Why Cleveland Clinic Won’t Recommend ‘Medical Marijuana’ for Patients

By Cleveland Clinic. America’s top hospital

By Paul Terpeluk, D.O.
Medical Director of Cleveland Clinic’s Employee Health Services

On Sept. 8, Ohio law began permitting state-licensed dispensaries to sell marijuana to treat a specific set of health conditions, with a doctor’s recommendation. We at Cleveland Clinic, however, will not be recommending “medical marijuana” for our patients.

At Cleveland Clinic, we believe there are better alternatives.

In the world of healthcare, a medication is a drug that has endured extensive clinical trials, public hearings and approval by the U.S. Food & Drug Administration (FDA). Medications are tested for safety and efficacy. They are closely regulated, from production to distribution. They are accurately dosed, down to the milligram.

Medical marijuana is none of those things.

The Ohio law allows marijuana to be dispensed for 21 specific health conditions, including AIDS, cancer, epilepsy, MS, severe or intractable pain, and ulcerative colitis, to name a few.

Rather than relying on marijuana, we – governments, regulators, medical researchers and pharmaceutical companies – need to focus on research that isolates specific compounds found in marijuana, produces a dose-specific medication, and submits it to testing and regulatory processes.

Such FDA-approved products are already available – most recently for epilepsy – and more are in various stages of research and development.

In June, the FDA approved Epidiolex for treatment of seizures in two rare forms of severe childhood-onset epilepsy. It is the first FDA-approved drug to contain a purified compound – cannabindiol (CBD) – derived from marijuana. Previously, the FDA had approved dronabinol and nabilone, both of which contain synthetic versions of tetrahydrocannabinol (THC) to treat chemotherapy-related nausea and to increase appetite in patients with AIDS.

To be clear, there is a difference between medications and “medical marijuana” in the popular sense of the term.  In 2017, the NIH supported 330 projects totaling almost $140 million on cannabinoid research.

These are the types of marijuana-derived medicines Cleveland Clinic supports and prescribes. Unfortunately, that’s not what will be sold through dispensaries.  Products such as vaporizers, edibles, oils, tinctures and patches all lack uniform dosing specificity. The levels of THC or CBD can differ greatly from one dispensary to another or one batch to another. By contrast, an FDA-approved medication offers uniformity; a medication bought in Cleveland today will be the same medication bought in Cincinnati or Denver or San Francisco a year from now.

The federal and Ohio governments should support drug development programs that scientifically evaluate the active ingredients found in marijuana that can lead to important medical therapies.

Patients deserve to know that whatever they are using to control their symptoms is safe and effective. And clinicians need to have confidence that a treatment will work as intended. As a healthcare provider our goal is to help patients, to treat their conditions, to improve their quality of life and to ease their suffering – within the bounds of scientific evidence.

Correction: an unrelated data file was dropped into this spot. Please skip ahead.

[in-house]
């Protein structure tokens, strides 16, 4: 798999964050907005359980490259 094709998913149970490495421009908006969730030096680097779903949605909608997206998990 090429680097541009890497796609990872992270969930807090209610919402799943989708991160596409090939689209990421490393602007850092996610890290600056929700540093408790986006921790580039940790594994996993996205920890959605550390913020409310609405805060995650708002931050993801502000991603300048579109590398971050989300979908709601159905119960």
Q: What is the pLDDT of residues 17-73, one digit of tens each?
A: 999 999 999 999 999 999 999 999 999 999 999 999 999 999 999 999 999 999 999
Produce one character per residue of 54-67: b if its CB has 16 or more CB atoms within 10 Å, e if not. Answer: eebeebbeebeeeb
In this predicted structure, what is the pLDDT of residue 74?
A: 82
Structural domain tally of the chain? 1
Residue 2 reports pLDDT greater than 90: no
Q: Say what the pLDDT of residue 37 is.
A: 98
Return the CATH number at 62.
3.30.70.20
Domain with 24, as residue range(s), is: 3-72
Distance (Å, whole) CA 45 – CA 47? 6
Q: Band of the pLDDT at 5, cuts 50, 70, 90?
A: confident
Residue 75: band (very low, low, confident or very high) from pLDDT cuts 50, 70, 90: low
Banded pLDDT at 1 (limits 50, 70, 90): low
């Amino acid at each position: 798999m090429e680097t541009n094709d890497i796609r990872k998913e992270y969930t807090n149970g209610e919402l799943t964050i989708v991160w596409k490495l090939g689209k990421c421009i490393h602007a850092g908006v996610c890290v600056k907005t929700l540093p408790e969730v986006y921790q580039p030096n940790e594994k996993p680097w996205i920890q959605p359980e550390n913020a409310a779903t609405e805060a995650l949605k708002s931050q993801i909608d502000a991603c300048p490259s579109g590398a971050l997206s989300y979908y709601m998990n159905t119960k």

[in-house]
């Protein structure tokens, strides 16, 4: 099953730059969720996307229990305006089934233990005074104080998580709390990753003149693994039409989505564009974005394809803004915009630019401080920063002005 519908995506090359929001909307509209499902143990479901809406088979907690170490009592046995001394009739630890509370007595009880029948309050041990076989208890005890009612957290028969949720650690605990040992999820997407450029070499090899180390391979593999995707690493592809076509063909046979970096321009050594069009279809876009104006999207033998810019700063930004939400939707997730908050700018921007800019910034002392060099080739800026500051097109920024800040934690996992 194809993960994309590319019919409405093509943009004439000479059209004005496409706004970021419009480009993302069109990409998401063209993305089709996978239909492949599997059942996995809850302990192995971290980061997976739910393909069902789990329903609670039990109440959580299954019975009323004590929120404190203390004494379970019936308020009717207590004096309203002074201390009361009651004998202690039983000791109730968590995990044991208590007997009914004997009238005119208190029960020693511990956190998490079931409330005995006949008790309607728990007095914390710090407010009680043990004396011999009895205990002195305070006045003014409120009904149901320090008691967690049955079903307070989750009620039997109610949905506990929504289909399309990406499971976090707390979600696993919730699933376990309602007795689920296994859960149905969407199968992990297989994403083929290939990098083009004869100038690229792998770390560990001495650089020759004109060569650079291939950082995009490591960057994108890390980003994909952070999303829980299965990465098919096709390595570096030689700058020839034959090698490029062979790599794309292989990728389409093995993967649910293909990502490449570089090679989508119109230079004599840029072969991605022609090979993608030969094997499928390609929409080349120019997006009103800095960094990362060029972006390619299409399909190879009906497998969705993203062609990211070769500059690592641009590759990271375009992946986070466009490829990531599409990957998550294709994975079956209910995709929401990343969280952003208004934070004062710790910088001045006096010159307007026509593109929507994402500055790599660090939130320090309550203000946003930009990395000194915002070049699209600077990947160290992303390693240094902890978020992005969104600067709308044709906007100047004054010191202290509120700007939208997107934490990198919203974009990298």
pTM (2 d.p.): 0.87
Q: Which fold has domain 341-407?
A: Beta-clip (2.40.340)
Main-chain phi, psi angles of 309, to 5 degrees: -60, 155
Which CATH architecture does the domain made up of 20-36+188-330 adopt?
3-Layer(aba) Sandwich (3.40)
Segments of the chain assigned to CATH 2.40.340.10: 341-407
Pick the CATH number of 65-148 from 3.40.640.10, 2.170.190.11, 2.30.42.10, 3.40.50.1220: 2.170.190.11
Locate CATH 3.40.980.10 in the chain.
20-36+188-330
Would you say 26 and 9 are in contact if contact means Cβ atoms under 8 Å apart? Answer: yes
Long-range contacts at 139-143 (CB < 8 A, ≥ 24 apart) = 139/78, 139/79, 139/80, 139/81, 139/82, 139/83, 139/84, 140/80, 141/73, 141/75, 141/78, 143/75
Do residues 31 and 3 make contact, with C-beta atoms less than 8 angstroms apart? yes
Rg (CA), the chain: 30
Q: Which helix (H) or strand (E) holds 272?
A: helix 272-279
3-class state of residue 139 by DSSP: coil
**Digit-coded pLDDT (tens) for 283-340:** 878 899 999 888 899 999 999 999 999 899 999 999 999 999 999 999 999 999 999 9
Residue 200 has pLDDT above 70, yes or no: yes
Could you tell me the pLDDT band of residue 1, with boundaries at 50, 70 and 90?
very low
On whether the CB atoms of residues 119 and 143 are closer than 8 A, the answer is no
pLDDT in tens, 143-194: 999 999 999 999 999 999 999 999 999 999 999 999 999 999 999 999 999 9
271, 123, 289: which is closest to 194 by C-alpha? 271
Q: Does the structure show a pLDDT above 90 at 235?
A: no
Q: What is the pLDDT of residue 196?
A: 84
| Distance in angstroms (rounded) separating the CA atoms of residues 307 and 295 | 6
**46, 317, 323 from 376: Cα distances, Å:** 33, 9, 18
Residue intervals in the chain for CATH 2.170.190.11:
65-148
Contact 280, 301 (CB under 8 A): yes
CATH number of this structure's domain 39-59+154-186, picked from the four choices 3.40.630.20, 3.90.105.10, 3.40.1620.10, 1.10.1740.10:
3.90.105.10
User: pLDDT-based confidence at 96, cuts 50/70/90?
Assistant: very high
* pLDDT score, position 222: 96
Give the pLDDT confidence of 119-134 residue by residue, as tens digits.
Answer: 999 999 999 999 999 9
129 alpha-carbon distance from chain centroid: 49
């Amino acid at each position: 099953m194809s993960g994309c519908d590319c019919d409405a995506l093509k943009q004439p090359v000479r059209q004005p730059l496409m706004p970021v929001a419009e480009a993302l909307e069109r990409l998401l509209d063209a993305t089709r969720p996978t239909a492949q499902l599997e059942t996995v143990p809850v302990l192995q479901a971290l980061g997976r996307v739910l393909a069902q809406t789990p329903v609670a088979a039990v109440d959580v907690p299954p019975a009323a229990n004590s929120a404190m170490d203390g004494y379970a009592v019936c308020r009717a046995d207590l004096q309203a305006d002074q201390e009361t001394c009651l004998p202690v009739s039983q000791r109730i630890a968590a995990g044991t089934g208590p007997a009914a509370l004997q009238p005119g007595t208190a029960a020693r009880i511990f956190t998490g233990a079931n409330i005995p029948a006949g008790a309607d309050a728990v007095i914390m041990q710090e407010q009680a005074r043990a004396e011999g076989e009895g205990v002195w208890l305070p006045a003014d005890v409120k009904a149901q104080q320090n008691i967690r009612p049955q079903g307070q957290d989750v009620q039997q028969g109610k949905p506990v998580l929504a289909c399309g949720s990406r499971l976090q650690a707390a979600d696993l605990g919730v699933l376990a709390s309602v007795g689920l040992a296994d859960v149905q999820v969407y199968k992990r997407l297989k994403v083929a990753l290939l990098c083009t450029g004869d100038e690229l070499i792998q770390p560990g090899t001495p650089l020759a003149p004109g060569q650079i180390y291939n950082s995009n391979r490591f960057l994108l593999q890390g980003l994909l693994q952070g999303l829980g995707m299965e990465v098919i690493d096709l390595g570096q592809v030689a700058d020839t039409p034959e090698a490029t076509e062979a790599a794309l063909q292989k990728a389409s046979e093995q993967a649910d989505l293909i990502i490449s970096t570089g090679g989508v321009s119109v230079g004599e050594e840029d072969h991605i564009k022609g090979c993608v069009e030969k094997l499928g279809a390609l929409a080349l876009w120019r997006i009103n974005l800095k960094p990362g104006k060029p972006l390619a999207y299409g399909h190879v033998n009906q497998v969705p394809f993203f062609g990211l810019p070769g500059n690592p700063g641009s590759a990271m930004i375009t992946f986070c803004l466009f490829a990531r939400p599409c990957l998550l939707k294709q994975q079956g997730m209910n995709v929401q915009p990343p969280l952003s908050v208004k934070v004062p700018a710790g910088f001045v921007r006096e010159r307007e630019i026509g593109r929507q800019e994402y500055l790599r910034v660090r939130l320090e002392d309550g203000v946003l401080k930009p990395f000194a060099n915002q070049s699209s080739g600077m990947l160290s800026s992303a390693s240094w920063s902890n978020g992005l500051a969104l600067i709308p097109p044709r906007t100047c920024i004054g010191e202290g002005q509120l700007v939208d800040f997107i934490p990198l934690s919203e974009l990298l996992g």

About Cleveland Clinic
Cleveland Clinic is a nonprofit multispecialty academic medical center that integrates clinical and hospital care with research and education. Located in Cleveland, Ohio, it was founded in 1921 by four renowned physicians with a vision of providing outstanding patient care based upon the principles of cooperation, compassion and innovation.
Cleveland Clinic has pioneered many medical breakthroughs, including coronary artery bypass surgery and the first face transplant in the United States. U.S. News & World Report consistently names Cleveland Clinic as one of the nation’s best hospitals in its annual “America’s Best Hospitals” survey.
Among Cleveland Clinic’s 52,000 employees are more than 3,600 full-time salaried physicians and researchers and 14,000 nurses, representing 140 medical specialties and subspecialties. Cleveland Clinic’s health system includes a 165-acre main campus near downtown Cleveland, 11 regional hospitals, more than 150 northern Ohio outpatient locations – including 18 full-service family health centers and three health and wellness centers – and locations in Weston, Fla.; Las Vegas, Nev.; Toronto, Canada; Abu Dhabi, UAE; and London, England.

Source: Cleveland Clinic

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Elias Hakizimana

Elias Hakizimana, CEO&Founder of The Inspirer Ltd,(www.rwandainspirer.com) is a professional Rwandan Journalist with Bachelor’s Degree in Journalism and Communication, received from University of Rwanda’s College of Arts and Social Sciences (CASS) in 2014. He served various media houses in Rwanda including Rwanda Broadcasting Agency (RBA) in 2013 and became passionate with English Online and Print Media Publications where he exercised his talent as a Freelance News Reporter for The New Times, The Independent, The Rwanda Focus, Panorama and more before he became a Self-Entrepreneur as the CEO and Founder of The Inspirer Limited in early 2017.

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